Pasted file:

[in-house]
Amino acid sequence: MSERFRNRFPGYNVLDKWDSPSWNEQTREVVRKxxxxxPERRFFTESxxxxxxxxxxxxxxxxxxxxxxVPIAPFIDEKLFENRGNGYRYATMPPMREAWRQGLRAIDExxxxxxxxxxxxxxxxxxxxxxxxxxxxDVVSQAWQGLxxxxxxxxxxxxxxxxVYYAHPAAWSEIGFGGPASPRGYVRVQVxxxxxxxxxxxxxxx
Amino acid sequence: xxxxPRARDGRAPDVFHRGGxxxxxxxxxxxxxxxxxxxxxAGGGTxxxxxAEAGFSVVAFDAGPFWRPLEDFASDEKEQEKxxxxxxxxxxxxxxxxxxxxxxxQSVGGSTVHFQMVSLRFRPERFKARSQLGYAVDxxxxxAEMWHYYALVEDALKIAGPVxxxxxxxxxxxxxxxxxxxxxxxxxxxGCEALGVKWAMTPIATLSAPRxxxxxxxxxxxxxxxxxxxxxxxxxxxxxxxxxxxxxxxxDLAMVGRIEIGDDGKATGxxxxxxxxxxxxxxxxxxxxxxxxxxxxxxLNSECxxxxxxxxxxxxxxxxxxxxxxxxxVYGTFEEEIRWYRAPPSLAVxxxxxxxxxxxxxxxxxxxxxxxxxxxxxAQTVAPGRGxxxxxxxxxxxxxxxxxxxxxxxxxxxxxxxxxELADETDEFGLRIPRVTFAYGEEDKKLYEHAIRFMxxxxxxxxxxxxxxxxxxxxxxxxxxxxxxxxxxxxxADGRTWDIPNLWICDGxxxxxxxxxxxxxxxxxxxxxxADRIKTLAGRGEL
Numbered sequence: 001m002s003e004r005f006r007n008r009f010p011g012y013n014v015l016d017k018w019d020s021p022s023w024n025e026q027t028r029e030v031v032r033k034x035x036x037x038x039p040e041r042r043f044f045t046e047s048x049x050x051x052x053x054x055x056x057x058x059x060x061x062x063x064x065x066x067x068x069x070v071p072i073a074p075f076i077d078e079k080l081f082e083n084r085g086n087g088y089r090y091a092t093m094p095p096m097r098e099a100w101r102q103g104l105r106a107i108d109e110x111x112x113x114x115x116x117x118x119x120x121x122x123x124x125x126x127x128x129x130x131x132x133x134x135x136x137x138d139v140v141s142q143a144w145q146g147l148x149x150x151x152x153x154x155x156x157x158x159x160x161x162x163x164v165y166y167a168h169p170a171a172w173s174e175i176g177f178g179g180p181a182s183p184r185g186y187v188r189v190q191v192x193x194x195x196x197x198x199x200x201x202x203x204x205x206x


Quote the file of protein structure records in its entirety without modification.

[in-house]
Amino acid sequence: MSERFRNRFPGYNVLDKWDSPSWNEQTREVVRKxxxxxPERRFFTESxxxxxxxxxxxxxxxxxxxxxxVPIAPFIDEKLFENRGNGYRYATMPPMREAWRQGLRAIDExxxxxxxxxxxxxxxxxxxxxxxxxxxxDVVSQAWQGLxxxxxxxxxxxxxxxxVYYAHPAAWSEIGFGGPASPRGYVRVQVxxxxxxxxxxxxxxx
Amino acid sequence: xxxxPRARDGRAPDVFHRGGxxxxxxxxxxxxxxxxxxxxxAGGGTxxxxxAEAGFSVVAFDAGPFWRPLEDFASDEKEQEKxxxxxxxxxxxxxxxxxxxxxxxQSVGGSTVHFQMVSLRFRPERFKARSQLGYAVDxxxxxAEMWHYYALVEDALKIAGPVxxxxxxxxxxxxxxxxxxxxxxxxxxxGCEALGVKWAMTPIATLSAPRxxxxxxxxxxxxxxxxxxxxxxxxxxxxxxxxxxxxxxxxDLAMVGRIEIGDDGKATGxxxxxxxxxxxxxxxxxxxxxxxxxxxxxxLNSECxxxxxxxxxxxxxxxxxxxxxxxxxVYGTFEEEIRWYRAPPSLAVxxxxxxxxxxxxxxxxxxxxxxxxxxxxxAQTVAPGRGxxxxxxxxxxxxxxxxxxxxxxxxxxxxxxxxxELADETDEFGLRIPRVTFAYGEEDKKLYEHAIRFMxxxxxxxxxxxxxxxxxxxxxxxxxxxxxxxxxxxxxADGRTWDIPNLWICDGxxxxxxxxxxxxxxxxxxxxxxADRIKTLAGRGEL
Numbered sequence: 001m002s003e004r005f006r007n008r009f010p011g012y013n014v015l016d017k018w019d020s021p022s023w024n025e026q027t028r029e030v031v032r033k034x035x036x037x038x039p040e041r042r043f044f045t046e047s048x049x050x051x052x053x054x055x056x057x058x059x060x061x062x063x064x065x066x067x068x069x070v071p072i073a074p075f076i077d078e079k080l081f082e083n084r085g086n087g088y089r090y091a092t093m094p095p096m097r098e099a100w101r102q103g104l105r106a107i108d109e110x111x112x113x114x115x116x117x118x119x120x121x122x123x124x125x126x127x128x129x130x131x132x133x134x135x136x137x138d139v140v141s142q143a144w145q146g147l148x149x150x151x152x153x154x155x156x157x158x159x160x161x162x163x164v165y166y167a168h169p170a171a172w173s174e175i176g177f178g179g180p181a182s183p184r185g186y187v188r189v190q191v192x193x194x195x196x197x198x199x200x201x202x203x204x205x206x